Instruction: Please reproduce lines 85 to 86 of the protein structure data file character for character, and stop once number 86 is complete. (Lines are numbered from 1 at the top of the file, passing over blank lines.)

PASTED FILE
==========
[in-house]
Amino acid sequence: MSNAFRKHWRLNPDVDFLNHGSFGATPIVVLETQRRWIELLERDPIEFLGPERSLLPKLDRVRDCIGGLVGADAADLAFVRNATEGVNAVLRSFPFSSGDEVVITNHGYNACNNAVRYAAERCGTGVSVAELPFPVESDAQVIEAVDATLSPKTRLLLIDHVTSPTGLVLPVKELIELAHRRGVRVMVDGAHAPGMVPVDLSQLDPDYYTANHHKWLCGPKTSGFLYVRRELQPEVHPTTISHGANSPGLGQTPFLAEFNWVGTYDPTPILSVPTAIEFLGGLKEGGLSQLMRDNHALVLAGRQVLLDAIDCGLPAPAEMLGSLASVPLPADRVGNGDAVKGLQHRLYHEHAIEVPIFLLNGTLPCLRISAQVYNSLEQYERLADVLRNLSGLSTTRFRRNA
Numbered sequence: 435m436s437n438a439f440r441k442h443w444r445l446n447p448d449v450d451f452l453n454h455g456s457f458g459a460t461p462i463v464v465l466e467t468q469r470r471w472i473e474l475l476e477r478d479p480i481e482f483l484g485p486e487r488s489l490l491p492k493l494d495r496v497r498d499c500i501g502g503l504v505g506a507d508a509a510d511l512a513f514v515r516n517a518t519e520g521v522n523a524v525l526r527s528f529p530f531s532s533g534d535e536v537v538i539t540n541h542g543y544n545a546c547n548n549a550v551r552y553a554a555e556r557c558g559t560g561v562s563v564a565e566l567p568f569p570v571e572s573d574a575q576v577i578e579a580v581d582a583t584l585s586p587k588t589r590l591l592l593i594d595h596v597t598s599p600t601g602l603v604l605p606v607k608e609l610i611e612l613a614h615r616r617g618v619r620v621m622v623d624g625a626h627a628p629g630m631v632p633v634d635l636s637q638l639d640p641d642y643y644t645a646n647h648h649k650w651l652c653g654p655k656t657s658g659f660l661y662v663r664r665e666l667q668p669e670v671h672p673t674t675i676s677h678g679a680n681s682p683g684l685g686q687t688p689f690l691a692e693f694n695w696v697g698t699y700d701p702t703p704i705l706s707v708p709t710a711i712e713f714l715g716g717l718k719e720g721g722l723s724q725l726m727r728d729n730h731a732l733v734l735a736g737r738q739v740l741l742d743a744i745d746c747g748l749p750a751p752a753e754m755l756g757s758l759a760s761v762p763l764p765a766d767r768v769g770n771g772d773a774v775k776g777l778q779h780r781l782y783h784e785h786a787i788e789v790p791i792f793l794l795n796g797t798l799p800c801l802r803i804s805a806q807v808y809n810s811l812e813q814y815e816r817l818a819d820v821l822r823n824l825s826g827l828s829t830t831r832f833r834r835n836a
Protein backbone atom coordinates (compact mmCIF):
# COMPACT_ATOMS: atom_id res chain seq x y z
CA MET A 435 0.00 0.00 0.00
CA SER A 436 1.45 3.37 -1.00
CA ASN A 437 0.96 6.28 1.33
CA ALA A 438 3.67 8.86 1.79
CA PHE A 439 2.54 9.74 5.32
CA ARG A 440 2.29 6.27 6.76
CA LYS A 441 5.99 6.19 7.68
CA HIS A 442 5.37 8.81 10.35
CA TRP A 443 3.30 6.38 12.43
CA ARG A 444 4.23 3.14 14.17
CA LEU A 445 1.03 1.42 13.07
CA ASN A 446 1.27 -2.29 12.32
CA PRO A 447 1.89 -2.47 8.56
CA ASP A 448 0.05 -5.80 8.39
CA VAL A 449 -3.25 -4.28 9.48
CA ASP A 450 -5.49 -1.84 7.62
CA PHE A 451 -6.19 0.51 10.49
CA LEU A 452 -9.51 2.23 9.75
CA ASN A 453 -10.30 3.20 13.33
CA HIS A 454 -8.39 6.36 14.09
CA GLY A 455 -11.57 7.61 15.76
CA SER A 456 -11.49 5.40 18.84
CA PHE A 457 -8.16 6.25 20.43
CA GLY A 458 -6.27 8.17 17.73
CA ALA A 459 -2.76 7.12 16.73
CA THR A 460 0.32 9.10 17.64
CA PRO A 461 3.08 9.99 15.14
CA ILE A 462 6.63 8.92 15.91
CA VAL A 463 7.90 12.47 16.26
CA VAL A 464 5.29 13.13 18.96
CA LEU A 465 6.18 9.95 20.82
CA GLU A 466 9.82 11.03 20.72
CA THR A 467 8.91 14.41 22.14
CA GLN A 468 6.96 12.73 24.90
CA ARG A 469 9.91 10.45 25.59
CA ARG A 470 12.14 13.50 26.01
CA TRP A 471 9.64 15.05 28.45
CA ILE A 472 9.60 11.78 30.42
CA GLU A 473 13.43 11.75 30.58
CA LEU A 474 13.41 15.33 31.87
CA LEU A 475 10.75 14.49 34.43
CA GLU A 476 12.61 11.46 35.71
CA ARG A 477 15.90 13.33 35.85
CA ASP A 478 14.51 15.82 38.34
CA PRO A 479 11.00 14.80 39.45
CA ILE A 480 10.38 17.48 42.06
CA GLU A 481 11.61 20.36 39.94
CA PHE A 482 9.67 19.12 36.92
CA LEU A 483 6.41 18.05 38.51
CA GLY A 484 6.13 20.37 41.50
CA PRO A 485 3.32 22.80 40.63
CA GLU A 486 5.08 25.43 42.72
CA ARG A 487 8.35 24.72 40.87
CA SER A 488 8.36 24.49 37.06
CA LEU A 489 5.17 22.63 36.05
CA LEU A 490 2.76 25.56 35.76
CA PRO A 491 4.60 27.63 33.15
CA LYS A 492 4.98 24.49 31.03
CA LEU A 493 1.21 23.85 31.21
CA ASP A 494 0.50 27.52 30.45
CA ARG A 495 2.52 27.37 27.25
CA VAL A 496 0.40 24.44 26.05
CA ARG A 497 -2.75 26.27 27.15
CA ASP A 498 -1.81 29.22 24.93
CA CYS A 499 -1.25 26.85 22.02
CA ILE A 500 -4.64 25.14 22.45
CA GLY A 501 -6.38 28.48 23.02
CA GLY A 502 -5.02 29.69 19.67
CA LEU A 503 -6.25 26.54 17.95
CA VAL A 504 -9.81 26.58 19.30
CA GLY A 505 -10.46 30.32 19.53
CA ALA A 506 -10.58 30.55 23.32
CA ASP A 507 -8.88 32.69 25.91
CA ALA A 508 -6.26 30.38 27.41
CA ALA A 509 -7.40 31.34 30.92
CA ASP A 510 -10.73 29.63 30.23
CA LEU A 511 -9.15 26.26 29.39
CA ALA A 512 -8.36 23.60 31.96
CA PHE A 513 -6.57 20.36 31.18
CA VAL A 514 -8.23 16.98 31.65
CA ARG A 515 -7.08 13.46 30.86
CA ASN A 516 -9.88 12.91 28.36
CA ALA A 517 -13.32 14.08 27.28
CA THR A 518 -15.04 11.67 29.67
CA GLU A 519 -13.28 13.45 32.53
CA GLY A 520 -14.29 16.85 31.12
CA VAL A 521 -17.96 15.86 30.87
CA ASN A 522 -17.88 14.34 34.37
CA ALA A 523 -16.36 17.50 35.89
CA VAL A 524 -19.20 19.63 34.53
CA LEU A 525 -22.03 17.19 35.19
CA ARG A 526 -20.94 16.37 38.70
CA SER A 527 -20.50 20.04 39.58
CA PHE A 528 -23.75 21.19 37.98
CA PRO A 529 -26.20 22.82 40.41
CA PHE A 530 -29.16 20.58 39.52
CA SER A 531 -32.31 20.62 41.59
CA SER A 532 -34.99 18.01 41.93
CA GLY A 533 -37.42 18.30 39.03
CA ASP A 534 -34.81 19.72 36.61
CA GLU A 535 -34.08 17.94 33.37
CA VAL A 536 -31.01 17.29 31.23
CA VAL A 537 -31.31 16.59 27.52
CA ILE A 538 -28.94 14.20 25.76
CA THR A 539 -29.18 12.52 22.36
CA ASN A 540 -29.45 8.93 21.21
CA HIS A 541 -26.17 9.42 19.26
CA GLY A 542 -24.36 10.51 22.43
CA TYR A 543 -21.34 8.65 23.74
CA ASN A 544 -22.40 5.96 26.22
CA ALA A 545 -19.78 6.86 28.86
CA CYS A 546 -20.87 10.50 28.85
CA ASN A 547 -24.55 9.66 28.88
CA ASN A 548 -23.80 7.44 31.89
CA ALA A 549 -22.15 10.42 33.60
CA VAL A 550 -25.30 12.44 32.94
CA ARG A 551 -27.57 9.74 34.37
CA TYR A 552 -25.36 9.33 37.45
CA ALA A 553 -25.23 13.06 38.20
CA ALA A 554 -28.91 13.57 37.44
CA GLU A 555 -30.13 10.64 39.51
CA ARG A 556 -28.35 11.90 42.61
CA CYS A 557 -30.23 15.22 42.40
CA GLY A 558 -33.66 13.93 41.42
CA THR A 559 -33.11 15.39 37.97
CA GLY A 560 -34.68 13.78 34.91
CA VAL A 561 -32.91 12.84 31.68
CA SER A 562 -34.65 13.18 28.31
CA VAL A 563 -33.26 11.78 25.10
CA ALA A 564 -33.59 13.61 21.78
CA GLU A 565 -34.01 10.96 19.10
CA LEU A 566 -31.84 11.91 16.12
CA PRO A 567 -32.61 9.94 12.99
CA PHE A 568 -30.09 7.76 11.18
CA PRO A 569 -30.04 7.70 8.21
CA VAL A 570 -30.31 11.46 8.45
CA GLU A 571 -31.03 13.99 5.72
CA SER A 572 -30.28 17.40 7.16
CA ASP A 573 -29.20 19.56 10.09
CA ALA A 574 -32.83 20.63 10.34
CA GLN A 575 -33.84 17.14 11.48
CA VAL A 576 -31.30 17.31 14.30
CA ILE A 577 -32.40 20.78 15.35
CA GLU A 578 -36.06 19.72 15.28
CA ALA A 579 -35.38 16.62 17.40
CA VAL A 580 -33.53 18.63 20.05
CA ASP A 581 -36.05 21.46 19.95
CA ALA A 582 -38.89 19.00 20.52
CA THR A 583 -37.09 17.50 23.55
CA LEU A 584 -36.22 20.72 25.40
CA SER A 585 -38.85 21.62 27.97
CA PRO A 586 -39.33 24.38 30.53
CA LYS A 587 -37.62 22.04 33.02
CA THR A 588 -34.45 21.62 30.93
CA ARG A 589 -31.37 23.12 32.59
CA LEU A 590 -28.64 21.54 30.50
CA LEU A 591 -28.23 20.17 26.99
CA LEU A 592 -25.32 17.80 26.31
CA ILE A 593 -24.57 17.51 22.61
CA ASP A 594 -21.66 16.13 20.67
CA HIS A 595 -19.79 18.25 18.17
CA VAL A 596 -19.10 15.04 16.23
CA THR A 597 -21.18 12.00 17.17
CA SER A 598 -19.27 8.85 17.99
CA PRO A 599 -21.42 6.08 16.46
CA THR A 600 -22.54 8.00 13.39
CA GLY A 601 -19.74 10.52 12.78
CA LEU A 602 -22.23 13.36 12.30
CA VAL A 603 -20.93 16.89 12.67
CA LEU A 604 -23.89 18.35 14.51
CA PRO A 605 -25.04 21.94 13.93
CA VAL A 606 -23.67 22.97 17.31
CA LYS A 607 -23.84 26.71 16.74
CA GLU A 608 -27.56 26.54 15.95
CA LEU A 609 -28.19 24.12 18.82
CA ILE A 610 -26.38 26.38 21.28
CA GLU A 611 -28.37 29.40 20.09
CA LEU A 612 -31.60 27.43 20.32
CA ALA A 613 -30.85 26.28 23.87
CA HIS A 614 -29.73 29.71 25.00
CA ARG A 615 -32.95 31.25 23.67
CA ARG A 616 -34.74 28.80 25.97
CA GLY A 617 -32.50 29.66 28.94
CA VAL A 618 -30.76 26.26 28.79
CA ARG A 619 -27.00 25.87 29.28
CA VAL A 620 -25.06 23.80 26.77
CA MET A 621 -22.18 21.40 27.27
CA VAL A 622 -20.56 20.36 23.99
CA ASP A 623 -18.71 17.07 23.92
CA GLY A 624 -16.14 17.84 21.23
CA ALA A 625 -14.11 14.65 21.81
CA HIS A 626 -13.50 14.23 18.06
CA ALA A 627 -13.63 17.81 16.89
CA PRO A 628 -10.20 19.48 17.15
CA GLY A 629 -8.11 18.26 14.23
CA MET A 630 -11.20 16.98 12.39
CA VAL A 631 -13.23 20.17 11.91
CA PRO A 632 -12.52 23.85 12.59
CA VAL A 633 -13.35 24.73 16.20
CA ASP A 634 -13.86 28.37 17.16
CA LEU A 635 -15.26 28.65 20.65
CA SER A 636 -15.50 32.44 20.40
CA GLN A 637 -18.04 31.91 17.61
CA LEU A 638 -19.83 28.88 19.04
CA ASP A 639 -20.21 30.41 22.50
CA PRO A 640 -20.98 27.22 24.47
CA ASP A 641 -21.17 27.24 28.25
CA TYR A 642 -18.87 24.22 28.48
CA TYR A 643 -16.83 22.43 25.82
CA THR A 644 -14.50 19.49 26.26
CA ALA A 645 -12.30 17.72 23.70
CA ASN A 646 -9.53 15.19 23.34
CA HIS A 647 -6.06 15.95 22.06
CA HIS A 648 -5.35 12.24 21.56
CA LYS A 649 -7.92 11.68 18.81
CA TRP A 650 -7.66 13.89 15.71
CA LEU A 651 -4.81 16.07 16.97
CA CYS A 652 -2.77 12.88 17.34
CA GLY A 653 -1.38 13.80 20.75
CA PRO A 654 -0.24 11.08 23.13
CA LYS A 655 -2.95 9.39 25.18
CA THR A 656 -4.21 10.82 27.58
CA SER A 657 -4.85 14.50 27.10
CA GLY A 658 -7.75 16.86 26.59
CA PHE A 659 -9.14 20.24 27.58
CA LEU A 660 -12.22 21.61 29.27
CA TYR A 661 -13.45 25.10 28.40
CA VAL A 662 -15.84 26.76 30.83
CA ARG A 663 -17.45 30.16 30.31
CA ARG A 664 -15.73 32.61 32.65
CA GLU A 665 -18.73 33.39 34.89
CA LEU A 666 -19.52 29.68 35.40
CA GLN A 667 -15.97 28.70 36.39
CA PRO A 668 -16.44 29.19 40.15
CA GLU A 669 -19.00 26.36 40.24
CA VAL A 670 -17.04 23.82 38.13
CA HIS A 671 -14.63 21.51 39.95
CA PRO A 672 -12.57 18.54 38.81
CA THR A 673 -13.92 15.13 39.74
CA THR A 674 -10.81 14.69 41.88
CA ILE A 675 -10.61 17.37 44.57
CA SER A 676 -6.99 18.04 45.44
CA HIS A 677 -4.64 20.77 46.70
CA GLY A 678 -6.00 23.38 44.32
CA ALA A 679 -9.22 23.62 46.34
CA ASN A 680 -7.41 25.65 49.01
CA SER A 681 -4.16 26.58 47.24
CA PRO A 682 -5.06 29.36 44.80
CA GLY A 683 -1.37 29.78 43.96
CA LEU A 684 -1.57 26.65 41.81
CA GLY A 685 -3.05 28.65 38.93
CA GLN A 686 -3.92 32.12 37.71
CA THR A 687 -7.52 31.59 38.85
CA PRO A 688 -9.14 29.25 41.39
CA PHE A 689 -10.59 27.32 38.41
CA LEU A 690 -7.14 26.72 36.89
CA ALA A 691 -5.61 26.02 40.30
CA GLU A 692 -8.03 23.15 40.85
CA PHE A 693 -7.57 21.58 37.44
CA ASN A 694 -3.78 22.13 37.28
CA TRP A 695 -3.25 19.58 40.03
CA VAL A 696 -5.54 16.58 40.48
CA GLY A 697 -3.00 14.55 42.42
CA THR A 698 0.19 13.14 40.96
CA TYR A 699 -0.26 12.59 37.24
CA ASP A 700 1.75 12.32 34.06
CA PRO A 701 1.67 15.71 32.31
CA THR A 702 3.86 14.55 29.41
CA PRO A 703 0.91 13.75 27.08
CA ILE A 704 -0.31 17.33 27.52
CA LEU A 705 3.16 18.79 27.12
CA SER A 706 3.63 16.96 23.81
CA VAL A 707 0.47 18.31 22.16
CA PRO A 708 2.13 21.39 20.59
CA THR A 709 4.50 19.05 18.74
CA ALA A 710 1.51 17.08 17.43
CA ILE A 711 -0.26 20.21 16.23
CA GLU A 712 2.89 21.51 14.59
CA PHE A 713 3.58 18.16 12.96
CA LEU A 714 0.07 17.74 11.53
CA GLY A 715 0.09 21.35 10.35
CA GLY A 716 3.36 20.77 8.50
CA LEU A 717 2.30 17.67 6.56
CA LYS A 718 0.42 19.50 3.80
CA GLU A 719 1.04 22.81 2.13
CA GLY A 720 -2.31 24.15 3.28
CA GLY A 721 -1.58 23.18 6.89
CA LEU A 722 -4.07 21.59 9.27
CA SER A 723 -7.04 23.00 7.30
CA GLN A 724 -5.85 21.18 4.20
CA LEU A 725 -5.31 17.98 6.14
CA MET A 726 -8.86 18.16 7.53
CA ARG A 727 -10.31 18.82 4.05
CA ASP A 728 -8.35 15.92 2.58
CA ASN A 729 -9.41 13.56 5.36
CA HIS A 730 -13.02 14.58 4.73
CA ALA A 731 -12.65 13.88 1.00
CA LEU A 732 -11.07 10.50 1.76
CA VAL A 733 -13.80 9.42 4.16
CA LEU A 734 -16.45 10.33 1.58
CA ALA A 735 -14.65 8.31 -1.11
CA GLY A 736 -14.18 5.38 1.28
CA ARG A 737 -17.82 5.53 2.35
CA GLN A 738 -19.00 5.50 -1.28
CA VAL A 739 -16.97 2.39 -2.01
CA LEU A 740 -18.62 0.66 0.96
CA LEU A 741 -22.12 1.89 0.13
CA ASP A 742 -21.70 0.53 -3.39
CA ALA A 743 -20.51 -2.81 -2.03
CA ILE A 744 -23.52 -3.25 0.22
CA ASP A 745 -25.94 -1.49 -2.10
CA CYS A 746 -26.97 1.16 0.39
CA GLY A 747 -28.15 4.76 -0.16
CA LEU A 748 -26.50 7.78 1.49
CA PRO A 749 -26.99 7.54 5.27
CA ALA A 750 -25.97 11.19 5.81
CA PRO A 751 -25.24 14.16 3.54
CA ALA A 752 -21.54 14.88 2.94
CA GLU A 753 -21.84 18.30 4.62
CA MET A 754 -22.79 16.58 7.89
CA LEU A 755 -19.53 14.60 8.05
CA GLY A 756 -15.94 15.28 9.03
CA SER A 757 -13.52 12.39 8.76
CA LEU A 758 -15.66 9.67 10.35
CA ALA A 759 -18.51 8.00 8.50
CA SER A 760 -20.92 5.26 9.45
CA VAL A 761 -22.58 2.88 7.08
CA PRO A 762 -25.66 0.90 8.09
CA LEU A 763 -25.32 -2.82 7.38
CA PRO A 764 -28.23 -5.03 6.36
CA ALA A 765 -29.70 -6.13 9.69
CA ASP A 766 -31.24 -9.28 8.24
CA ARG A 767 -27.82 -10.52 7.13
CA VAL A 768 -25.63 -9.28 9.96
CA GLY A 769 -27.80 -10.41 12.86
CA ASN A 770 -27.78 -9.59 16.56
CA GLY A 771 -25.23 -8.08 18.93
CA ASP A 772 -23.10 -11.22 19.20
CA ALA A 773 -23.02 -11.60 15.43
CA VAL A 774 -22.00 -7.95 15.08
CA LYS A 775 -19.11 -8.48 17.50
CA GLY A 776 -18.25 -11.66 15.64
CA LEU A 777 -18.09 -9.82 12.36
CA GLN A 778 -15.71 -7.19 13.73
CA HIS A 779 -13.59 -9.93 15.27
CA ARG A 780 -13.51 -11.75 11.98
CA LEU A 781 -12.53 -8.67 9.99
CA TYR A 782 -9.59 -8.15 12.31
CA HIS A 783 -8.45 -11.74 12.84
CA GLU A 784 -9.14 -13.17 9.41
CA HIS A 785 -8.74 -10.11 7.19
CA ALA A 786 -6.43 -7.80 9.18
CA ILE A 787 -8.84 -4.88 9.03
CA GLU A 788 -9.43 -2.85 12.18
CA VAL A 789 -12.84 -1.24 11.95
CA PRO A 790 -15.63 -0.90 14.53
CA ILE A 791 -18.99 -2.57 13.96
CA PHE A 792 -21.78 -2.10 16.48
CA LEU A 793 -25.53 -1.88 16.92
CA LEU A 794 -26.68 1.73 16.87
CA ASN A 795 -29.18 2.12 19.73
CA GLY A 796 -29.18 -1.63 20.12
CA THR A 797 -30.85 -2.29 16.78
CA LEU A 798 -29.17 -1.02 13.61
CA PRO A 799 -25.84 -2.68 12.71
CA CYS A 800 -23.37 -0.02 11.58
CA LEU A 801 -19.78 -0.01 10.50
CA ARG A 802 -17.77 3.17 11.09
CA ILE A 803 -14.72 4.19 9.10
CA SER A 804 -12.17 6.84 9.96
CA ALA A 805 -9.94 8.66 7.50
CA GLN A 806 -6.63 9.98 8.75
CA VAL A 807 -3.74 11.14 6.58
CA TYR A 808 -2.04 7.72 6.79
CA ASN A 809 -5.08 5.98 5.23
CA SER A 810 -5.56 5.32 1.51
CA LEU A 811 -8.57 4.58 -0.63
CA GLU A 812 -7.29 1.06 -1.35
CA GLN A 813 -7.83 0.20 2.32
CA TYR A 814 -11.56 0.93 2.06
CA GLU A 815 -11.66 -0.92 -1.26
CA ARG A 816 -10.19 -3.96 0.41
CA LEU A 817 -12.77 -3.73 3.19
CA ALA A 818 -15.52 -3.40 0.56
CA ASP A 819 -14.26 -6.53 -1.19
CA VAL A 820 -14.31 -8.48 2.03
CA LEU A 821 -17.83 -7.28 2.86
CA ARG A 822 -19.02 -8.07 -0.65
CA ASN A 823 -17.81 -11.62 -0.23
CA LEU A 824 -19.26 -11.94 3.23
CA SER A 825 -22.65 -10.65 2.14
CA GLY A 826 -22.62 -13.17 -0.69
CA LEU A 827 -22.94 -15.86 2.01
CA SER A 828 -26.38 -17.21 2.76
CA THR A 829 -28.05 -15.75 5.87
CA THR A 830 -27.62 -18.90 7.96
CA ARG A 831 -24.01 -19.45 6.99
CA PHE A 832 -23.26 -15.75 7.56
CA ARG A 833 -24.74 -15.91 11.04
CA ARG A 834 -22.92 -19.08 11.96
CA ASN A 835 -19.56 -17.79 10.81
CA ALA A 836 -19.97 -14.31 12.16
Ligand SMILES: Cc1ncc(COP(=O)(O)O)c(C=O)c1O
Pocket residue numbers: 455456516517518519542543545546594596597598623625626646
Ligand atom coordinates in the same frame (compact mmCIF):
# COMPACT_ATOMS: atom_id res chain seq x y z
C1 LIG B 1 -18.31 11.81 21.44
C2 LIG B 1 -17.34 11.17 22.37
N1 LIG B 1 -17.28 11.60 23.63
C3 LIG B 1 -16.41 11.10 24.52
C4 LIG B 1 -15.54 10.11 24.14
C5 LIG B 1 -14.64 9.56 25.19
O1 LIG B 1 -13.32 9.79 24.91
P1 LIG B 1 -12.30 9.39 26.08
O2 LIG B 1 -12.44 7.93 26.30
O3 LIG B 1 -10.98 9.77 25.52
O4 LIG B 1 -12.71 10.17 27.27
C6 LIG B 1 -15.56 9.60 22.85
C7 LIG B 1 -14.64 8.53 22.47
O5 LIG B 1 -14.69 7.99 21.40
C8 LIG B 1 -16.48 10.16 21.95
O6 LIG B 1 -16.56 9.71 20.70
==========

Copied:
CA VAL A 514 -8.23 16.98 31.65
CA ARG A 515 -7.08 13.46 30.86